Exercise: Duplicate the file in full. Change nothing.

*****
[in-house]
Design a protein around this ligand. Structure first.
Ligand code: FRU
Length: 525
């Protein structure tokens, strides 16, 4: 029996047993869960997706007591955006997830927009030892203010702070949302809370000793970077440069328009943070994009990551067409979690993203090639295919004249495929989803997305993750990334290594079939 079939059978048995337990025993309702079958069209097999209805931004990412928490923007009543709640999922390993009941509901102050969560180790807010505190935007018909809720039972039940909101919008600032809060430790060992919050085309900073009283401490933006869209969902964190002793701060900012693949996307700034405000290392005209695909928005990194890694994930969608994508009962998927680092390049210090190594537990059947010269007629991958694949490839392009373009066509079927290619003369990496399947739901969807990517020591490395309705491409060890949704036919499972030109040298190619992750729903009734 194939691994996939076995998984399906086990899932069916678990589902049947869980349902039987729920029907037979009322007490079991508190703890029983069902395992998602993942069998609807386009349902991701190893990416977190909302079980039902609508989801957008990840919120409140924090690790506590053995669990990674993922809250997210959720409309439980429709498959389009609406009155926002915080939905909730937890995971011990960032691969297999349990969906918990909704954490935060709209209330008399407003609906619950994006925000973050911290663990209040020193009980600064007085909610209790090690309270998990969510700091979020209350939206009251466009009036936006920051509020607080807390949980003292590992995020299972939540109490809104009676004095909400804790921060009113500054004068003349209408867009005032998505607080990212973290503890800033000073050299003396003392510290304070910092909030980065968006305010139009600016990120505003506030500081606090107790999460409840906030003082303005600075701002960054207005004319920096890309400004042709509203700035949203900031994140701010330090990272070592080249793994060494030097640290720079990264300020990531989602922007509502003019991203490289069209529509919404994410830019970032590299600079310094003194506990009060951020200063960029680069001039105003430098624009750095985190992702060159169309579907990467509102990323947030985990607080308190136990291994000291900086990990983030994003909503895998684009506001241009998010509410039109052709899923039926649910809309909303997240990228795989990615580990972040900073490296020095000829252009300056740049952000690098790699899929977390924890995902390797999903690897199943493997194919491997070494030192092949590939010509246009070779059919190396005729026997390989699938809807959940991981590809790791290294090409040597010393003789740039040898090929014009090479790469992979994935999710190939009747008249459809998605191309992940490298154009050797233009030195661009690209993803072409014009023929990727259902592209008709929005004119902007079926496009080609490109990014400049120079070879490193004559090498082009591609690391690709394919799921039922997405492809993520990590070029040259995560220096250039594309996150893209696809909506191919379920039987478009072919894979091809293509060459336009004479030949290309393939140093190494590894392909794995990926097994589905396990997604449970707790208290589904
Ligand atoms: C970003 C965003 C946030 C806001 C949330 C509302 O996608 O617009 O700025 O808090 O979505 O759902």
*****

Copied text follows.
[in-house]
Design a protein around this ligand. Structure first.
Ligand code: FRU
Length: 525
């Protein structure tokens, strides 16, 4: 029996047993869960997706007591955006997830927009030892203010702070949302809370000793970077440069328009943070994009990551067409979690993203090639295919004249495929989803997305993750990334290594079939 079939059978048995337990025993309702079958069209097999209805931004990412928490923007009543709640999922390993009941509901102050969560180790807010505190935007018909809720039972039940909101919008600032809060430790060992919050085309900073009283401490933006869209969902964190002793701060900012693949996307700034405000290392005209695909928005990194890694994930969608994508009962998927680092390049210090190594537990059947010269007629991958694949490839392009373009066509079927290619003369990496399947739901969807990517020591490395309705491409060890949704036919499972030109040298190619992750729903009734 194939691994996939076995998984399906086990899932069916678990589902049947869980349902039987729920029907037979009322007490079991508190703890029983069902395992998602993942069998609807386009349902991701190893990416977190909302079980039902609508989801957008990840919120409140924090690790506590053995669990990674993922809250997210959720409309439980429709498959389009609406009155926002915080939905909730937890995971011990960032691969297999349990969906918990909704954490935060709209209330008399407003609906619950994006925000973050911290663990209040020193009980600064007085909610209790090690309270998990969510700091979020209350939206009251466009009036936006920051509020607080807390949980003292590992995020299972939540109490809104009676004095909400804790921060009113500054004068003349209408867009005032998505607080990212973290503890800033000073050299003396003392510290304070910092909030980065968006305010139009600016990120505003506030500081606090107790999460409840906030003082303005600075701002960054207005004319920096890309400004042709509203700035949203900031994140701010330090990272070592080249793994060494030097640290720079990264300020990531989602922007509502003019991203490289069209529509919404994410830019970032590299600079310094003194506990009060951020200063960029680069001039105003430098624009750095985190992702060159169309579907990467509102990323947030985990607080308190136990291994000291900086990990983030994003909503895998684009506001241009998010509410039109052709899923039926649910809309909303997240990228795989990615580990972040900073490296020095000829252009300056740049952000690098790699899929977390924890995902390797999903690897199943493997194919491997070494030192092949590939010509246009070779059919190396005729026997390989699938809807959940991981590809790791290294090409040597010393003789740039040898090929014009090479790469992979994935999710190939009747008249459809998605191309992940490298154009050797233009030195661009690209993803072409014009023929990727259902592209008709929005004119902007079926496009080609490109990014400049120079070879490193004559090498082009591609690391690709394919799921039922997405492809993520990590070029040259995560220096250039594309996150893209696809909506191919379920039987478009072919894979091809293509060459336009004479030949290309393939140093190494590894392909794995990926097994589905396990997604449970707790208290589904
Ligand atoms: C970003 C965003 C946030 C806001 C949330 C509302 O996608 O617009 O700025 O808090 O979505 O759902």